My house had an addition after it was built - a covered porch which includes a lit ceiling fan. I very recently screened in said porch and love it out there. When the initial addition was put on, the single indoor switch which operates an exterior light was tapped to also give power to the fan and fan light. Kind of lame. I am interested in doing something different, such as providing full control of the fan from the inside switch and breaking out the wall mounted light into its very own switch. How involved is this project and what might the steps be?
This is a reasonable project if you have some experience with electrical wiring. You will have to take a look at the existing wiring, get the appropriate new parts, and replace the existing box and switches.
First, I'll assume that your current configuration is as such: supply power comes into your switch box. Wires leading to both your fan/light and your exterior light also run to this switch box. In your switch box there are 3 grounds (bare wire, all connected, and also connected to the switch and to the box if the box is metal), 3 neutrals (white, all connected) and 3 hots (black; supply is on one end of the switch, light/fan and exterior light blacks are on the other end).
That's the most likely configuration, but you should shut off power and check out the wiring situation before you do anything else. If that's right, you'll want to do the following:
- Get a 2-gang box to replace your existing 1-gang box.
- Get a new switch.
- Remove your existing box and install the 2-gang box in its place.
- Run your supply hot wire to both switches.
- Connect the light/fan hot wire to one switch and the exterior light to the other.
- Join all neutrals and ground wires.
You also mentioned wanting to add a fan control. For this you will need: a fan control dimmer, a 3-gang box, and a second hot conductor out to your fan/light fixture. If this were new wiring, you'd run a 14/3 with ground cable, which will have a white, black, and a red wire (and bare ground wire). In the switch box, you'd run the supply black wire to a switch (for the light) and to your fan dimmer (for the fan). Then you'd wire black to the light switch and red to the fan switch. On the fan/light fixture end, you'd wire black to supply the light and red to supply the fan.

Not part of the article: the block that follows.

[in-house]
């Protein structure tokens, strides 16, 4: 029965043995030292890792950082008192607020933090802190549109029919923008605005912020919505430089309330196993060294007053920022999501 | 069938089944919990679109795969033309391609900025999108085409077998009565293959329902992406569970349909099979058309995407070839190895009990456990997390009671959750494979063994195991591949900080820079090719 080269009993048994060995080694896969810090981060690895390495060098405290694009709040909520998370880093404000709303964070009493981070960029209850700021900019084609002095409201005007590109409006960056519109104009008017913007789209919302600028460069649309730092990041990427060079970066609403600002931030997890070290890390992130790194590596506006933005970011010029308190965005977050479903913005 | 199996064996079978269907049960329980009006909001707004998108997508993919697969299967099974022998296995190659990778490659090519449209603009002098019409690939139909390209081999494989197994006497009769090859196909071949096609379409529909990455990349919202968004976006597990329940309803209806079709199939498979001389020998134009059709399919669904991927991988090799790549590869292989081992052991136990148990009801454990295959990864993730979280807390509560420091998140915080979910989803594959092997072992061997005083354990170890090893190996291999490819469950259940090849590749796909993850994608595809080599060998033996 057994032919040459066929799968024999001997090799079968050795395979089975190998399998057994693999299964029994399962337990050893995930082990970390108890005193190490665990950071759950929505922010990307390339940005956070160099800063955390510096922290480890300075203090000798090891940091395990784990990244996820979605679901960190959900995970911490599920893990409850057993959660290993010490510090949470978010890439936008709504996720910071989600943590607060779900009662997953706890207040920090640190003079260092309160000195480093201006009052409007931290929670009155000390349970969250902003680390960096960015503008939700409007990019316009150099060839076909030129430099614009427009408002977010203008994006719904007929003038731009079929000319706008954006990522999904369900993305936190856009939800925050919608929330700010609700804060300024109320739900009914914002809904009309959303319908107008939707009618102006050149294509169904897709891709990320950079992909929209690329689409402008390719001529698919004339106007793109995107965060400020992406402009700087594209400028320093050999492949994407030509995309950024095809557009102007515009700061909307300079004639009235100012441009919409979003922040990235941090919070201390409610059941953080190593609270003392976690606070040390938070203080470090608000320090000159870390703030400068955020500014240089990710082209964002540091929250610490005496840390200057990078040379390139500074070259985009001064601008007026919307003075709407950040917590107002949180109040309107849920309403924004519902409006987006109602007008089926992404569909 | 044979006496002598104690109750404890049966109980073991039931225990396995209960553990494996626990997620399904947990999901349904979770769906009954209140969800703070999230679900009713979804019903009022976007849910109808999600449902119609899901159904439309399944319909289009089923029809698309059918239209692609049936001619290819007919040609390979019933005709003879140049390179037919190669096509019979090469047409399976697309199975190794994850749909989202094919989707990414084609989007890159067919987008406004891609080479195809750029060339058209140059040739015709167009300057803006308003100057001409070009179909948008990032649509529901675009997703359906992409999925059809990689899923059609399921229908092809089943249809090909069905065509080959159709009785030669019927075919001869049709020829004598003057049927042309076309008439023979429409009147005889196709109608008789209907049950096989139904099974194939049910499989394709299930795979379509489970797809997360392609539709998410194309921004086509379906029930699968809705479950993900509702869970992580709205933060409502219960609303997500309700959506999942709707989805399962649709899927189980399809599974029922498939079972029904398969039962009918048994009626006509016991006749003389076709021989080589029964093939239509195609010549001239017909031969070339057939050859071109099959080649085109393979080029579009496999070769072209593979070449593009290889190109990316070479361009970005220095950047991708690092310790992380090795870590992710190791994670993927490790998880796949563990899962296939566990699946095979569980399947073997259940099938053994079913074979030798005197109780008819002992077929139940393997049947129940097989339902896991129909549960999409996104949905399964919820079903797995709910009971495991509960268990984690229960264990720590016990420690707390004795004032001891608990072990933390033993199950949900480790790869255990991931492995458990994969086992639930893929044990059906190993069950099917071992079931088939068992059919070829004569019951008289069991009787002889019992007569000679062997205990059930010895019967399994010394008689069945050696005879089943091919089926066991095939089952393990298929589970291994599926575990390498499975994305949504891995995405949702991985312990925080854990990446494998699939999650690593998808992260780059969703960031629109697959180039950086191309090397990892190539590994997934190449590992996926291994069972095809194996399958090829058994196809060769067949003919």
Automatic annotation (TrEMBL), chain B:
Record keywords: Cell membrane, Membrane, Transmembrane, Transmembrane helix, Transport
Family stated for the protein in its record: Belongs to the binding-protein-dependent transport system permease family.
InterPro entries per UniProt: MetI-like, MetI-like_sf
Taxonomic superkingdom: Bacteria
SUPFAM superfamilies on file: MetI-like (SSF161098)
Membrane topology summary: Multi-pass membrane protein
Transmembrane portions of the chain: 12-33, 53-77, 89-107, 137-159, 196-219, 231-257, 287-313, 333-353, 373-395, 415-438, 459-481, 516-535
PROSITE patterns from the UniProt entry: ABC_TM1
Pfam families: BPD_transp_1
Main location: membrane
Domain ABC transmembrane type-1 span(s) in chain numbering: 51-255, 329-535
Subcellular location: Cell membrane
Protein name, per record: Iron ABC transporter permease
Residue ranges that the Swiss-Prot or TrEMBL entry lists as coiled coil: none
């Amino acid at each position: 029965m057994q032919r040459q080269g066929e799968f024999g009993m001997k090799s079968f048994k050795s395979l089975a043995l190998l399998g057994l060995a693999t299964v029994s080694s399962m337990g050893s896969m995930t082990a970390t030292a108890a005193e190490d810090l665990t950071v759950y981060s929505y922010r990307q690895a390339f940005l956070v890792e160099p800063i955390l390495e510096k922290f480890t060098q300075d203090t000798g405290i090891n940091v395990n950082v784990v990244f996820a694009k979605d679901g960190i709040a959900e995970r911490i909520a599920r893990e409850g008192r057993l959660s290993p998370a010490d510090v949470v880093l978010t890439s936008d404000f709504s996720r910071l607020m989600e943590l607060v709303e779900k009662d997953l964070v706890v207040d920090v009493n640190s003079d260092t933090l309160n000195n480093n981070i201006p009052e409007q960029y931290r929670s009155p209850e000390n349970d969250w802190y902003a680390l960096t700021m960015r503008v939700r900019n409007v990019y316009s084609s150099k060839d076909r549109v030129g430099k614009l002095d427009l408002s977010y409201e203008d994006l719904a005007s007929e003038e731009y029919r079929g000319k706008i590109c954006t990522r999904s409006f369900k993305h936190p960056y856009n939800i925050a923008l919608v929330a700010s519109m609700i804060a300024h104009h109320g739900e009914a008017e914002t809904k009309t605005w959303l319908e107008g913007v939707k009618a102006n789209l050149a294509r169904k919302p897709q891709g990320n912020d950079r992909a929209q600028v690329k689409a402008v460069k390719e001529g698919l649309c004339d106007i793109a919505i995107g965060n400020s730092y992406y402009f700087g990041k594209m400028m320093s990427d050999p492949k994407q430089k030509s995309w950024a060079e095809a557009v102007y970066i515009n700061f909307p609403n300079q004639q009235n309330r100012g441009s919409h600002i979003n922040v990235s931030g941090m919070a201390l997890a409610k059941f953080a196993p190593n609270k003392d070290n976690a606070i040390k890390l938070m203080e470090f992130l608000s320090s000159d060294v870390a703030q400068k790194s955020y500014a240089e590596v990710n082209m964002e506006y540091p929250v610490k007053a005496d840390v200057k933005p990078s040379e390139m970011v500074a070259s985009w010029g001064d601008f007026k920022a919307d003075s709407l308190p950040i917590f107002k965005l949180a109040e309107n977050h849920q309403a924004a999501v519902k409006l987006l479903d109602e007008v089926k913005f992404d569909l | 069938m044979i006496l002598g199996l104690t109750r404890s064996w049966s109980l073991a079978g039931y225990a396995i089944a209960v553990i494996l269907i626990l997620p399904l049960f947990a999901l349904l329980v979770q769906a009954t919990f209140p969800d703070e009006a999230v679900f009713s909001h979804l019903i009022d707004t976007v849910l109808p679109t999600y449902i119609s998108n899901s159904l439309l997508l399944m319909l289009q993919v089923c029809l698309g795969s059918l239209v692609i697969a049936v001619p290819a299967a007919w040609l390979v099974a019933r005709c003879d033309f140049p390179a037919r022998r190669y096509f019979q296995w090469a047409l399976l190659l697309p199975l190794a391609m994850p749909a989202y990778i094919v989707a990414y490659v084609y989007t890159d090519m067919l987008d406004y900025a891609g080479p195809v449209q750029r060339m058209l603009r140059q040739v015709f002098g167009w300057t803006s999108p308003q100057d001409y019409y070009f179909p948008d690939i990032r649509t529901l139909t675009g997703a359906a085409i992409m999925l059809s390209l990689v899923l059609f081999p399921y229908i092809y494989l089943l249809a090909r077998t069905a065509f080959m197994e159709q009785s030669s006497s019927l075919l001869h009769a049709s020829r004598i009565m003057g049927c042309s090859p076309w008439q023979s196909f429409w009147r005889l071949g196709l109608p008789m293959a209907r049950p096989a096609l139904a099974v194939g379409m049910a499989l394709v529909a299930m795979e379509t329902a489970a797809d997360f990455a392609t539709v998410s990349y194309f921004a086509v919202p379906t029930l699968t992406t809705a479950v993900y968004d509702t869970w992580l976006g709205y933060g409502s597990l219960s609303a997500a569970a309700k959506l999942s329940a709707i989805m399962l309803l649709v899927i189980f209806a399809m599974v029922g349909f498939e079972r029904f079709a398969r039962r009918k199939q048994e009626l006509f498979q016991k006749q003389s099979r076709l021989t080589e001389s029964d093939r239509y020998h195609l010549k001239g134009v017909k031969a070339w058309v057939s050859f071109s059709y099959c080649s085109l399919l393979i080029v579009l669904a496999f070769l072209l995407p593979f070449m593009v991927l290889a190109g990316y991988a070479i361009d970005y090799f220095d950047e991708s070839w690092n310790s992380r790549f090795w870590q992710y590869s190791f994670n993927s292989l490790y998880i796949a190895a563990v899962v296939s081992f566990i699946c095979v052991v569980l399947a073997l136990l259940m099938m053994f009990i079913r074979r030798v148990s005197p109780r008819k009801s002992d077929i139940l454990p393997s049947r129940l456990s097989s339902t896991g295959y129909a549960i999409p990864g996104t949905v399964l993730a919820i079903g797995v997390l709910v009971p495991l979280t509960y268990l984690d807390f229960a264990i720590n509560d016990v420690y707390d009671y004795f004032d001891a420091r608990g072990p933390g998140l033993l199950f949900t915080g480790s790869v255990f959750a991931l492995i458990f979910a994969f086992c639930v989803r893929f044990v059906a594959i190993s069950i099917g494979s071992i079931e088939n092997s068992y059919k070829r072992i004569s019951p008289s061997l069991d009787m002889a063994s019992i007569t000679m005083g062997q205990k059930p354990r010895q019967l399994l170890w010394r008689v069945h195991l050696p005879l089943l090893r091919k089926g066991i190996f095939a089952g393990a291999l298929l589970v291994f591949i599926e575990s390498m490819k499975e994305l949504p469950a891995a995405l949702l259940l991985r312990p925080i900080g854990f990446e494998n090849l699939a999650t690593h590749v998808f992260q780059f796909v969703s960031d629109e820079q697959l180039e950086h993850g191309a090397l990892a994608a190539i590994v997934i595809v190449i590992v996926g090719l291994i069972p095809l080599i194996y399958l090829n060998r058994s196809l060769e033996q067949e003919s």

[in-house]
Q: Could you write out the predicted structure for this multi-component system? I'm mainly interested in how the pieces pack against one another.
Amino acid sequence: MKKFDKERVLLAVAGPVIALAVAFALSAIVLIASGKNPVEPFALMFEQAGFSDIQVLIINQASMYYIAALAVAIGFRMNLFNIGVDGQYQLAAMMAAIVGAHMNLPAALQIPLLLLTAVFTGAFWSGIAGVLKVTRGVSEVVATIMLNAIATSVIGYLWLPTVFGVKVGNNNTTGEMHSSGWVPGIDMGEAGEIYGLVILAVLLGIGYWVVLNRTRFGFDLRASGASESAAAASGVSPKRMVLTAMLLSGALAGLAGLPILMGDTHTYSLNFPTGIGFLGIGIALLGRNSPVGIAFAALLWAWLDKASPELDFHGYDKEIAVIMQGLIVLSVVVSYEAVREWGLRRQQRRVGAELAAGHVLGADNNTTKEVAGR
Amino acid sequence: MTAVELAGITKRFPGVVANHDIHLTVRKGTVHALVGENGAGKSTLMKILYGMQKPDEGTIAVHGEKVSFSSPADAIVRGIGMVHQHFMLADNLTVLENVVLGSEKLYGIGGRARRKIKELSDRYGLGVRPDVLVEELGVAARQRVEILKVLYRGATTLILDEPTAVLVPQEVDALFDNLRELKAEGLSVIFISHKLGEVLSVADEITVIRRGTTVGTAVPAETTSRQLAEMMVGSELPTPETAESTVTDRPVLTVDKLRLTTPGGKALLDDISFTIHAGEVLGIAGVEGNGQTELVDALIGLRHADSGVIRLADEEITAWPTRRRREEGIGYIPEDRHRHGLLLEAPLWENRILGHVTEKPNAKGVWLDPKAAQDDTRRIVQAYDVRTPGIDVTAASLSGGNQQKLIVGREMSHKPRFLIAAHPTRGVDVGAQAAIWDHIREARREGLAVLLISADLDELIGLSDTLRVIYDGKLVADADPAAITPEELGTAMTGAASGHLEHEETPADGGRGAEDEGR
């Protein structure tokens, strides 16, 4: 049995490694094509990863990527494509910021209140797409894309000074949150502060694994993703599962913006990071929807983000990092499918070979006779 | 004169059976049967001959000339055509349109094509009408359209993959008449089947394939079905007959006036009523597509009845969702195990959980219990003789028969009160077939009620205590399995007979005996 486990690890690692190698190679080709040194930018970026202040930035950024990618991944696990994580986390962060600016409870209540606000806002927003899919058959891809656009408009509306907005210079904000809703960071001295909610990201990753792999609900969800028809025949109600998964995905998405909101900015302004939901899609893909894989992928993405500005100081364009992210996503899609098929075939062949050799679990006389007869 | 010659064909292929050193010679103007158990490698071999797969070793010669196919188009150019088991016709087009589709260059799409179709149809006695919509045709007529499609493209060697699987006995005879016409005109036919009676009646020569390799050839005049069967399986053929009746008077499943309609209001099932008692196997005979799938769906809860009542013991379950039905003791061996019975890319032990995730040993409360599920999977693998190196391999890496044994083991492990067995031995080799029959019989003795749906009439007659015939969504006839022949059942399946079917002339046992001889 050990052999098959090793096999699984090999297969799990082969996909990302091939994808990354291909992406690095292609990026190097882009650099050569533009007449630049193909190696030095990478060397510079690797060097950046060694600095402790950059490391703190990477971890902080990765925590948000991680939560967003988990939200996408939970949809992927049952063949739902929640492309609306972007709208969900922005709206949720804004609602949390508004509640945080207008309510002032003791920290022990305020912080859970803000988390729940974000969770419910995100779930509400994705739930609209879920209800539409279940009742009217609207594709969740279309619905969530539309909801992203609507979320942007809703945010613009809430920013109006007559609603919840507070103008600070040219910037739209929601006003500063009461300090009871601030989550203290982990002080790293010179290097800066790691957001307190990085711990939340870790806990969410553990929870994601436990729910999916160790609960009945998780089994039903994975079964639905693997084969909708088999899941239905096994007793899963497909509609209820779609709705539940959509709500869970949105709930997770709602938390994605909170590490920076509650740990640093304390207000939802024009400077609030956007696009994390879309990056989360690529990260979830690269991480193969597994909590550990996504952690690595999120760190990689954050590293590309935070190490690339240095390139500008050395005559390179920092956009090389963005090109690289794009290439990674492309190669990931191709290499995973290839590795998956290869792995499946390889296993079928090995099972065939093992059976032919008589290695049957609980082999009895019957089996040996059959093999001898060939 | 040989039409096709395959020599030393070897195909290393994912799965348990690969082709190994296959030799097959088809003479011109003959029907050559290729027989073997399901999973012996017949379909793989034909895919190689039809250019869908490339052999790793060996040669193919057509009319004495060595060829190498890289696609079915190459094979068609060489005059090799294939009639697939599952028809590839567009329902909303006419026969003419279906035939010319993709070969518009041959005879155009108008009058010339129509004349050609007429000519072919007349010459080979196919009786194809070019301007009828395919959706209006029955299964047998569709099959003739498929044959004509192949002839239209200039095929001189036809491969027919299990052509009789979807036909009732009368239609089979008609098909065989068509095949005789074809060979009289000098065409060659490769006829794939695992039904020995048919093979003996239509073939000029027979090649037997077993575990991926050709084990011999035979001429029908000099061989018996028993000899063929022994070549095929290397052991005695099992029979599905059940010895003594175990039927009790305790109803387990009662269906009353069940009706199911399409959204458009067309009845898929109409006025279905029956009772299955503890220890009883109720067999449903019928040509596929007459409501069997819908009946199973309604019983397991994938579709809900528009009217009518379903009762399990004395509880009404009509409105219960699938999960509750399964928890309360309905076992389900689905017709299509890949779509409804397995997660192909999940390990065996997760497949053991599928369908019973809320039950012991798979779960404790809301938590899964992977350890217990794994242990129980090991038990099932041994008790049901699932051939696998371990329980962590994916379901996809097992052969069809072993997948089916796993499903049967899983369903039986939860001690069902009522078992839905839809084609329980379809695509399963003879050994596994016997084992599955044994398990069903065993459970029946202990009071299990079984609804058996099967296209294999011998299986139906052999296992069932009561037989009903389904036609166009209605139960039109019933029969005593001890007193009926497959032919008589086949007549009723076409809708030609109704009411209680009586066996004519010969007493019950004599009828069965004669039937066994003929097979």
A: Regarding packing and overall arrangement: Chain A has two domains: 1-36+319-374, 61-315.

In your existing situation, you'd need to add a wire to supply the fan separately from the the light. The typical ways to do this would be either replace the existing run of 14/2 cable with 14/3, or add a new length of 14/2 dedicated to the fan and keep the existing for light only. This choice is mainly one of doing whatever is practical given your construction options and materials on hand; either is OK.
Whatever you do, keep safe. Use a non-contact voltage test to make sure nothing you touch is live, and if you're uncertain, get a friend with more experience or hire an electrician to check your work.
Generally, you're going to want three switches in there. 1 for the existing outside light, one for the fan-light, and one for the fan power. Unfortunately, you're going to need to adjust speed with the pull chain or remote. But you can still have an on-off for the fan.
Hopefully, your wiring is something like this, but much neater:
Of primary concern is that there is a neutral in the box. Otherwise, call an electrician.
You have three options.